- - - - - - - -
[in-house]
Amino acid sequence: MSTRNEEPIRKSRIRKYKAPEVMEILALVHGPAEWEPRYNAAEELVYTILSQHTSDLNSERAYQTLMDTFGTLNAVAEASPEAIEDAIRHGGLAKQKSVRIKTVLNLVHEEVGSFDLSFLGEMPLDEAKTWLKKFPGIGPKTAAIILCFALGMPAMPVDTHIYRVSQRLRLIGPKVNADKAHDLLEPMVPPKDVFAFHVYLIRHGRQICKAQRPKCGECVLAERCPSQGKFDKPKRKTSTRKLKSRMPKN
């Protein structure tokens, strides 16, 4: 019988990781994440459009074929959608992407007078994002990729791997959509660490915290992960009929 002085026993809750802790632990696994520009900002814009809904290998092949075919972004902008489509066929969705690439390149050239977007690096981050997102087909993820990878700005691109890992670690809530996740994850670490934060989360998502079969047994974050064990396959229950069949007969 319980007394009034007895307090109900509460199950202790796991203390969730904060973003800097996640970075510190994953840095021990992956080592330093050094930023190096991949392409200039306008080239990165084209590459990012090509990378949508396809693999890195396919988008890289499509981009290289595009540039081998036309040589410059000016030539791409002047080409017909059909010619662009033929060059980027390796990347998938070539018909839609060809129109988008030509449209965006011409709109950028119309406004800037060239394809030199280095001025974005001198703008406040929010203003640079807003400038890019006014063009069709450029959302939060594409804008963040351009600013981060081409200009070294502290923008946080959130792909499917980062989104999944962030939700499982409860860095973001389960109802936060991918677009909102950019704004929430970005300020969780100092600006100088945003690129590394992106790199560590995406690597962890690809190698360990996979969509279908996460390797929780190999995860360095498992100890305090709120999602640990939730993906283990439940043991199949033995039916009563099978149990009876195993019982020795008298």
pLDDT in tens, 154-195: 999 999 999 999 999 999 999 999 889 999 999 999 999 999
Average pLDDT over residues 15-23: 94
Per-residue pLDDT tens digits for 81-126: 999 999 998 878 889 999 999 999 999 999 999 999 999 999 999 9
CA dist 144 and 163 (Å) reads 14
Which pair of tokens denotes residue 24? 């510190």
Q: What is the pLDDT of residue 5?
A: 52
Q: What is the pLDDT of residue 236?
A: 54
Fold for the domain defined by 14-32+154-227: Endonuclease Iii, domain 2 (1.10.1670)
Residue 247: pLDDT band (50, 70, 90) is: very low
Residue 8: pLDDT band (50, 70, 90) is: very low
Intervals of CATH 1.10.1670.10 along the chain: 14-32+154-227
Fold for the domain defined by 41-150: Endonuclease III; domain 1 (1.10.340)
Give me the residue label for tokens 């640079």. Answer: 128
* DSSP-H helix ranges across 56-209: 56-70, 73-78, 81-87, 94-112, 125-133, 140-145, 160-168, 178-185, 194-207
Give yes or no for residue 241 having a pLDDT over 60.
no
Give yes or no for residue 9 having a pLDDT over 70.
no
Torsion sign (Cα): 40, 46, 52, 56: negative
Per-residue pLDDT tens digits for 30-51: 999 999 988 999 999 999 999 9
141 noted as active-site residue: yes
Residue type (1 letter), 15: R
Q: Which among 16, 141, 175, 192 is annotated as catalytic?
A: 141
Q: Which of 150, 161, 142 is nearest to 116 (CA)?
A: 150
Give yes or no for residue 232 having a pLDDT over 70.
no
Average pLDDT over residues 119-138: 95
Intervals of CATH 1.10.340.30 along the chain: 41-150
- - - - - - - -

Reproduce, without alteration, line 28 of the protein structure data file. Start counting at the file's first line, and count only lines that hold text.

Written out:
Q: Which among 16, 141, 175, 192 is annotated as catalytic?